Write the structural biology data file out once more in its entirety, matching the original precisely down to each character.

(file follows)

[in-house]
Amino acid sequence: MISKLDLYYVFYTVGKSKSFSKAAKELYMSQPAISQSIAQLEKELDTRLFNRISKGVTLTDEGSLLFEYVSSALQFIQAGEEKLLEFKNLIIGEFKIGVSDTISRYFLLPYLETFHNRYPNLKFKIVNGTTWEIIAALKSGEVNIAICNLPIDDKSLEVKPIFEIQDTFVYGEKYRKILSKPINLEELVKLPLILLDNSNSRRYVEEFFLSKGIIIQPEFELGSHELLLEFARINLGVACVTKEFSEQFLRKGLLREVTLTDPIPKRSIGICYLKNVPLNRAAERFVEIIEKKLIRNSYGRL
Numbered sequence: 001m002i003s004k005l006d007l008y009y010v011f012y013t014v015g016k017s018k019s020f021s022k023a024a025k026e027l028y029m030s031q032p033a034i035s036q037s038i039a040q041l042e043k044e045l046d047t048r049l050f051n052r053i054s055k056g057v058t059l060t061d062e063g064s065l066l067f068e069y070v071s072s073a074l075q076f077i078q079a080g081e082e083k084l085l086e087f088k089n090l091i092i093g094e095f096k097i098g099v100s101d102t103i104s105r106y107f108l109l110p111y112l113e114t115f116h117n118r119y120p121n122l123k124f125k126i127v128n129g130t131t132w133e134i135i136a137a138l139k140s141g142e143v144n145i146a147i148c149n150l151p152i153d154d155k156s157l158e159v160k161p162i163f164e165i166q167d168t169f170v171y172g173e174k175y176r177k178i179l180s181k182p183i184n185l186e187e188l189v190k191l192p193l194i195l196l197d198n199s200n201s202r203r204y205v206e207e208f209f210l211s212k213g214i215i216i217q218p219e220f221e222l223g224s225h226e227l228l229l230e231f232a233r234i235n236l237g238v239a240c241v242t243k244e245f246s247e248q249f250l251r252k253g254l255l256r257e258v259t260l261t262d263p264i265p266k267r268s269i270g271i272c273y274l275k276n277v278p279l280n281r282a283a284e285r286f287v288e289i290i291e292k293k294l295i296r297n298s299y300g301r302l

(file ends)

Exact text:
[in-house]
Amino acid sequence: MISKLDLYYVFYTVGKSKSFSKAAKELYMSQPAISQSIAQLEKELDTRLFNRISKGVTLTDEGSLLFEYVSSALQFIQAGEEKLLEFKNLIIGEFKIGVSDTISRYFLLPYLETFHNRYPNLKFKIVNGTTWEIIAALKSGEVNIAICNLPIDDKSLEVKPIFEIQDTFVYGEKYRKILSKPINLEELVKLPLILLDNSNSRRYVEEFFLSKGIIIQPEFELGSHELLLEFARINLGVACVTKEFSEQFLRKGLLREVTLTDPIPKRSIGICYLKNVPLNRAAERFVEIIEKKLIRNSYGRL
Numbered sequence: 001m002i003s004k005l006d007l008y009y010v011f012y013t014v015g016k017s018k019s020f021s022k023a024a025k026e027l028y029m030s031q032p033a034i035s036q037s038i039a040q041l042e043k044e045l046d047t048r049l050f051n052r053i054s055k056g057v058t059l060t061d062e063g064s065l066l067f068e069y070v071s072s073a074l075q076f077i078q079a080g081e082e083k084l085l086e087f088k089n090l091i092i093g094e095f096k097i098g099v100s101d102t103i104s105r106y107f108l109l110p111y112l113e114t115f116h117n118r119y120p121n122l123k124f125k126i127v128n129g130t131t132w133e134i135i136a137a138l139k140s141g142e143v144n145i146a147i148c149n150l151p152i153d154d155k156s157l158e159v160k161p162i163f164e165i166q167d168t169f170v171y172g173e174k175y176r177k178i179l180s181k182p183i184n185l186e187e188l189v190k191l192p193l194i195l196l197d198n199s200n201s202r203r204y205v206e207e208f209f210l211s212k213g214i215i216i217q218p219e220f221e222l223g224s225h226e227l228l229l230e231f232a233r234i235n236l237g238v239a240c241v242t243k244e245f246s247e248q249f250l251r252k253g254l255l256r257e258v259t260l261t262d263p264i265p266k267r268s269i270g271i272c273y274l275k276n277v278p279l280n281r282a283a284e285r286f287v288e289i290i291e292k293k294l295i296r297n298s299y300g301r302l